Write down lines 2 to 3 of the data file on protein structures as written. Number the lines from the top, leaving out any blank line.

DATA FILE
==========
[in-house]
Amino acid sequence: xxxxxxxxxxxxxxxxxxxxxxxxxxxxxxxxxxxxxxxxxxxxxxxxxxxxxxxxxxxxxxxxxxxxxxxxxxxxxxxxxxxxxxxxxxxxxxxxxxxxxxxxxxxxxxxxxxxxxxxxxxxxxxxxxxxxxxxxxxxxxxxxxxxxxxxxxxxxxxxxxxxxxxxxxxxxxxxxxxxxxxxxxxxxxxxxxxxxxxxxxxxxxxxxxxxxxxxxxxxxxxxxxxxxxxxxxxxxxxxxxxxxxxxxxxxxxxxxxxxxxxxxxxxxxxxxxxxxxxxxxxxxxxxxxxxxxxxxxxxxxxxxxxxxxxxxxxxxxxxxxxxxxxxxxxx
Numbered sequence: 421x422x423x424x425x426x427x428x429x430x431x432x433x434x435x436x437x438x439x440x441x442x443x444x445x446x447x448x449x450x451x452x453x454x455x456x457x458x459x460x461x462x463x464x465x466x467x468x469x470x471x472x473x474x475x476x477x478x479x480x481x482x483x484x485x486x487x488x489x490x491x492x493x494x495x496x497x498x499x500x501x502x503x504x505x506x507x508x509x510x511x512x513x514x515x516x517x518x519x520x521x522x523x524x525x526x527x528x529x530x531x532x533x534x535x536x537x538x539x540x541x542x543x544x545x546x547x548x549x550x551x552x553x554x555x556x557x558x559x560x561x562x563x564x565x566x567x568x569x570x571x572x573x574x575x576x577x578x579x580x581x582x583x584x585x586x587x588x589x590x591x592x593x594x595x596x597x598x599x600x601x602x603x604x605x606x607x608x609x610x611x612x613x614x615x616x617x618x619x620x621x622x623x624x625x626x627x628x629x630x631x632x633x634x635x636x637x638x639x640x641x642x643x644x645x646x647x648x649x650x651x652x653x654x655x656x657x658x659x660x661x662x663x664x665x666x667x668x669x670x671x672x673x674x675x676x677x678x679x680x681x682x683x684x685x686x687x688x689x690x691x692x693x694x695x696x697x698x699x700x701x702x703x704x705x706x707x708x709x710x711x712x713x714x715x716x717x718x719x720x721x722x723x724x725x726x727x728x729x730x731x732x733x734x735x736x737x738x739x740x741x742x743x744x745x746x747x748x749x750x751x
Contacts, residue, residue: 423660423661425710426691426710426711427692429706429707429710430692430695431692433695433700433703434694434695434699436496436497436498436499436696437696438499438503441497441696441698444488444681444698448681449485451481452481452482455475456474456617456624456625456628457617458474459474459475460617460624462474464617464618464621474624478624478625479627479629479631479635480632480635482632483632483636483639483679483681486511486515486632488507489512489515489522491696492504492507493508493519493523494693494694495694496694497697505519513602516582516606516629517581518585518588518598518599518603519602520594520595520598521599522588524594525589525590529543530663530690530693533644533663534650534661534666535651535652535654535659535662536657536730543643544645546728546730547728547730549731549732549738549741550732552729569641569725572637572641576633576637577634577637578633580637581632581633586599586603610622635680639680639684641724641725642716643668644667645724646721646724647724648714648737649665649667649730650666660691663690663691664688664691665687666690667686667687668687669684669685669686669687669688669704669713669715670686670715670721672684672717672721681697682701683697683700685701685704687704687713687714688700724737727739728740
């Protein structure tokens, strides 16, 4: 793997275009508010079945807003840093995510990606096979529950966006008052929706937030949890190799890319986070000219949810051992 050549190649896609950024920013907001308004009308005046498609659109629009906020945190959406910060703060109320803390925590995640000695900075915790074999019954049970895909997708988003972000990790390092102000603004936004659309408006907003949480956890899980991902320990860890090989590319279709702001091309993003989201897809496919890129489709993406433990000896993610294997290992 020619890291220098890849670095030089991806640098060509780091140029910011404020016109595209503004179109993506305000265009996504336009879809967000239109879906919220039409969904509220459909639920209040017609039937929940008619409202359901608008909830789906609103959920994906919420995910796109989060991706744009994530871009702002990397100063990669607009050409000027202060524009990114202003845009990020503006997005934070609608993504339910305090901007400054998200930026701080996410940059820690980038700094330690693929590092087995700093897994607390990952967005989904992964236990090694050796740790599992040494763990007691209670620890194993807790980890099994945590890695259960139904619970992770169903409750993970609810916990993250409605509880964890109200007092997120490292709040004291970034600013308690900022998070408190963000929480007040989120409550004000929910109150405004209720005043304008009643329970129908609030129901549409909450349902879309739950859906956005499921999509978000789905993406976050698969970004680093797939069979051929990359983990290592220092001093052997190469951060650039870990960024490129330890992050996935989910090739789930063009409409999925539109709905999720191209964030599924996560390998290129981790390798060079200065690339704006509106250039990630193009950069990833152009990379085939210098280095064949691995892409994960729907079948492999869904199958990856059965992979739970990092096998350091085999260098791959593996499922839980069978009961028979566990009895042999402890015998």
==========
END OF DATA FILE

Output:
Amino acid sequence: xxxxxxxxxxxxxxxxxxxxxxxxxxxxxxxxxxxxxxxxxxxxxxxxxxxxxxxxxxxxxxxxxxxxxxxxxxxxxxxxxxxxxxxxxxxxxxxxxxxxxxxxxxxxxxxxxxxxxxxxxxxxxxxxxxxxxxxxxxxxxxxxxxxxxxxxxxxxxxxxxxxxxxxxxxxxxxxxxxxxxxxxxxxxxxxxxxxxxxxxxxxxxxxxxxxxxxxxxxxxxxxxxxxxxxxxxxxxxxxxxxxxxxxxxxxxxxxxxxxxxxxxxxxxxxxxxxxxxxxxxxxxxxxxxxxxxxxxxxxxxxxxxxxxxxxxxxxxxxxxxxxxxxxxxxx
Numbered sequence: 421x422x423x424x425x426x427x428x429x430x431x432x433x434x435x436x437x438x439x440x441x442x443x444x445x446x447x448x449x450x451x452x453x454x455x456x457x458x459x460x461x462x463x464x465x466x467x468x469x470x471x472x473x474x475x476x477x478x479x480x481x482x483x484x485x486x487x488x489x490x491x492x493x494x495x496x497x498x499x500x501x502x503x504x505x506x507x508x509x510x511x512x513x514x515x516x517x518x519x520x521x522x523x524x525x526x527x528x529x530x531x532x533x534x535x536x537x538x539x540x541x542x543x544x545x546x547x548x549x550x551x552x553x554x555x556x557x558x559x560x561x562x563x564x565x566x567x568x569x570x571x572x573x574x575x576x577x578x579x580x581x582x583x584x585x586x587x588x589x590x591x592x593x594x595x596x597x598x599x600x601x602x603x604x605x606x607x608x609x610x611x612x613x614x615x616x617x618x619x620x621x622x623x624x625x626x627x628x629x630x631x632x633x634x635x636x637x638x639x640x641x642x643x644x645x646x647x648x649x650x651x652x653x654x655x656x657x658x659x660x661x662x663x664x665x666x667x668x669x670x671x672x673x674x675x676x677x678x679x680x681x682x683x684x685x686x687x688x689x690x691x692x693x694x695x696x697x698x699x700x701x702x703x704x705x706x707x708x709x710x711x712x713x714x715x716x717x718x719x720x721x722x723x724x725x726x727x728x729x730x731x732x733x734x735x736x737x738x739x740x741x742x743x744x745x746x747x748x749x750x751x